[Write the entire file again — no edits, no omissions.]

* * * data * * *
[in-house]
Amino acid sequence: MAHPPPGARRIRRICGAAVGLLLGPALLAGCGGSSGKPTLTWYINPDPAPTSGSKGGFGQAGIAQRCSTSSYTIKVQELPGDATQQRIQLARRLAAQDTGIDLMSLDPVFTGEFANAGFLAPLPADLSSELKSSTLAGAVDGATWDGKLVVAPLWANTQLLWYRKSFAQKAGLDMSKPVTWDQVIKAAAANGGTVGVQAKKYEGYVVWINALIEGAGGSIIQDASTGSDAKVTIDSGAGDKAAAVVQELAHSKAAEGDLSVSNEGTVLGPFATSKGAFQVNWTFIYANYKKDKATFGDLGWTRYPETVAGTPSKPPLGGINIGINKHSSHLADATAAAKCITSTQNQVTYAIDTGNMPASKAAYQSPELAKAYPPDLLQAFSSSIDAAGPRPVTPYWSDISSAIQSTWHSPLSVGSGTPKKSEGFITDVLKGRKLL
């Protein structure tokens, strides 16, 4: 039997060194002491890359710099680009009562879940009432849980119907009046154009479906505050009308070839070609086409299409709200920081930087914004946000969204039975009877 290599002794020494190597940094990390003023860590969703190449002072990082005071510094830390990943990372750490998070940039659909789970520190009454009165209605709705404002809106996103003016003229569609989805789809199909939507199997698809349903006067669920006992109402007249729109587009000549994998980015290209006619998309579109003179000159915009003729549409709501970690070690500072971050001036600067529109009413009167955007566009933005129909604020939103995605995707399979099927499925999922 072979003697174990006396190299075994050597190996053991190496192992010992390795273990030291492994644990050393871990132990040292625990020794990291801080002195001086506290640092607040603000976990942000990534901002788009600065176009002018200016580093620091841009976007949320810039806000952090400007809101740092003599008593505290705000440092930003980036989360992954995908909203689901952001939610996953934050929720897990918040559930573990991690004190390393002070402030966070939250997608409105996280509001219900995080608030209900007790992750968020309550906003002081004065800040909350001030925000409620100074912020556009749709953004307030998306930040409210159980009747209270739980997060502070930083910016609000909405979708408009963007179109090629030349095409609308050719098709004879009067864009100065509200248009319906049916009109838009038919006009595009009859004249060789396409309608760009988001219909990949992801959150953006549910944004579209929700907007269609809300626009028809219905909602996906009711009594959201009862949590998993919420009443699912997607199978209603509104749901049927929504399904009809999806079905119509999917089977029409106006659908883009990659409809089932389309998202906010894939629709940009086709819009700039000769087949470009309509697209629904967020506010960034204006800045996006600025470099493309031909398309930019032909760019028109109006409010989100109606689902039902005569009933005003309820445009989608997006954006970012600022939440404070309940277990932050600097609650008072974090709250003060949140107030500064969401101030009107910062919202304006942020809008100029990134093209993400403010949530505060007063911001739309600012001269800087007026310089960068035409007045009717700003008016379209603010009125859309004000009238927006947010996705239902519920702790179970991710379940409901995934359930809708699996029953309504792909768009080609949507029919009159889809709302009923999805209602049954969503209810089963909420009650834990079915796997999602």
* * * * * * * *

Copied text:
[in-house]
Amino acid sequence: MAHPPPGARRIRRICGAAVGLLLGPALLAGCGGSSGKPTLTWYINPDPAPTSGSKGGFGQAGIAQRCSTSSYTIKVQELPGDATQQRIQLARRLAAQDTGIDLMSLDPVFTGEFANAGFLAPLPADLSSELKSSTLAGAVDGATWDGKLVVAPLWANTQLLWYRKSFAQKAGLDMSKPVTWDQVIKAAAANGGTVGVQAKKYEGYVVWINALIEGAGGSIIQDASTGSDAKVTIDSGAGDKAAAVVQELAHSKAAEGDLSVSNEGTVLGPFATSKGAFQVNWTFIYANYKKDKATFGDLGWTRYPETVAGTPSKPPLGGINIGINKHSSHLADATAAAKCITSTQNQVTYAIDTGNMPASKAAYQSPELAKAYPPDLLQAFSSSIDAAGPRPVTPYWSDISSAIQSTWHSPLSVGSGTPKKSEGFITDVLKGRKLL
């Protein structure tokens, strides 16, 4: 039997060194002491890359710099680009009562879940009432849980119907009046154009479906505050009308070839070609086409299409709200920081930087914004946000969204039975009877 290599002794020494190597940094990390003023860590969703190449002072990082005071510094830390990943990372750490998070940039659909789970520190009454009165209605709705404002809106996103003016003229569609989805789809199909939507199997698809349903006067669920006992109402007249729109587009000549994998980015290209006619998309579109003179000159915009003729549409709501970690070690500072971050001036600067529109009413009167955007566009933005129909604020939103995605995707399979099927499925999922 072979003697174990006396190299075994050597190996053991190496192992010992390795273990030291492994644990050393871990132990040292625990020794990291801080002195001086506290640092607040603000976990942000990534901002788009600065176009002018200016580093620091841009976007949320810039806000952090400007809101740092003599008593505290705000440092930003980036989360992954995908909203689901952001939610996953934050929720897990918040559930573990991690004190390393002070402030966070939250997608409105996280509001219900995080608030209900007790992750968020309550906003002081004065800040909350001030925000409620100074912020556009749709953004307030998306930040409210159980009747209270739980997060502070930083910016609000909405979708408009963007179109090629030349095409609308050719098709004879009067864009100065509200248009319906049916009109838009038919006009595009009859004249060789396409309608760009988001219909990949992801959150953006549910944004579209929700907007269609809300626009028809219905909602996906009711009594959201009862949590998993919420009443699912997607199978209603509104749901049927929504399904009809999806079905119509999917089977029409106006659908883009990659409809089932389309998202906010894939629709940009086709819009700039000769087949470009309509697209629904967020506010960034204006800045996006600025470099493309031909398309930019032909760019028109109006409010989100109606689902039902005569009933005003309820445009989608997006954006970012600022939440404070309940277990932050600097609650008072974090709250003060949140107030500064969401101030009107910062919202304006942020809008100029990134093209993400403010949530505060007063911001739309600012001269800087007026310089960068035409007045009717700003008016379209603010009125859309004000009238927006947010996705239902519920702790179970991710379940409901995934359930809708699996029953309504792909768009080609949507029919009159889809709302009923999805209602049954969503209810089963909420009650834990079915796997999602």